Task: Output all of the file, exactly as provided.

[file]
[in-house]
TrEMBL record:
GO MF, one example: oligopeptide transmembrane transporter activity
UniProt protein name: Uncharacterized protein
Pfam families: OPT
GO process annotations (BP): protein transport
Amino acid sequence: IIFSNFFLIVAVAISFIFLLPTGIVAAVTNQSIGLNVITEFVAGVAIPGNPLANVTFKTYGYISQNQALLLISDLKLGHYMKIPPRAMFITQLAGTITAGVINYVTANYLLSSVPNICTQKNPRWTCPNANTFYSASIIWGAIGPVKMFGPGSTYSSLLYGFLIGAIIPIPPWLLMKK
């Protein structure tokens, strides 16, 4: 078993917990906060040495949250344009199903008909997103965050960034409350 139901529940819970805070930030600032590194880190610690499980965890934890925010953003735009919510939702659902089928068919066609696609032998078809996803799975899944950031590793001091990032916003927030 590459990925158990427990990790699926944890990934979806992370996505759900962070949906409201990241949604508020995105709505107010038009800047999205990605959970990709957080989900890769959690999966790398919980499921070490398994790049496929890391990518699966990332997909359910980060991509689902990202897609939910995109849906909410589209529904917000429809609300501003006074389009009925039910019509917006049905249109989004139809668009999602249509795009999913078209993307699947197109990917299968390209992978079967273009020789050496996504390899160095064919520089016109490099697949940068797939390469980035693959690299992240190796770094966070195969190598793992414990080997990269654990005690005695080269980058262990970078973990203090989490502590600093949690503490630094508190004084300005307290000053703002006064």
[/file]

[in-house]
TrEMBL record:
GO MF, one example: oligopeptide transmembrane transporter activity
UniProt protein name: Uncharacterized protein
Pfam families: OPT
GO process annotations (BP): protein transport
Amino acid sequence: IIFSNFFLIVAVAISFIFLLPTGIVAAVTNQSIGLNVITEFVAGVAIPGNPLANVTFKTYGYISQNQALLLISDLKLGHYMKIPPRAMFITQLAGTITAGVINYVTANYLLSSVPNICTQKNPRWTCPNANTFYSASIIWGAIGPVKMFGPGSTYSSLLYGFLIGAIIPIPPWLLMKK
């Protein structure tokens, strides 16, 4: 078993917990906060040495949250344009199903008909997103965050960034409350 139901529940819970805070930030600032590194880190610690499980965890934890925010953003735009919510939702659902089928068919066609696609032998078809996803799975899944950031590793001091990032916003927030 590459990925158990427990990790699926944890990934979806992370996505759900962070949906409201990241949604508020995105709505107010038009800047999205990605959970990709957080989900890769959690999966790398919980499921070490398994790049496929890391990518699966990332997909359910980060991509689902990202897609939910995109849906909410589209529904917000429809609300501003006074389009009925039910019509917006049905249109989004139809668009999602249509795009999913078209993307699947197109990917299968390209992978079967273009020789050496996504390899160095064919520089016109490099697949940068797939390469980035693959690299992240190796770094966070195969190598793992414990080997990269654990005690005695080269980058262990970078973990203090989490502590600093949690503490630094508190004084300005307290000053703002006064």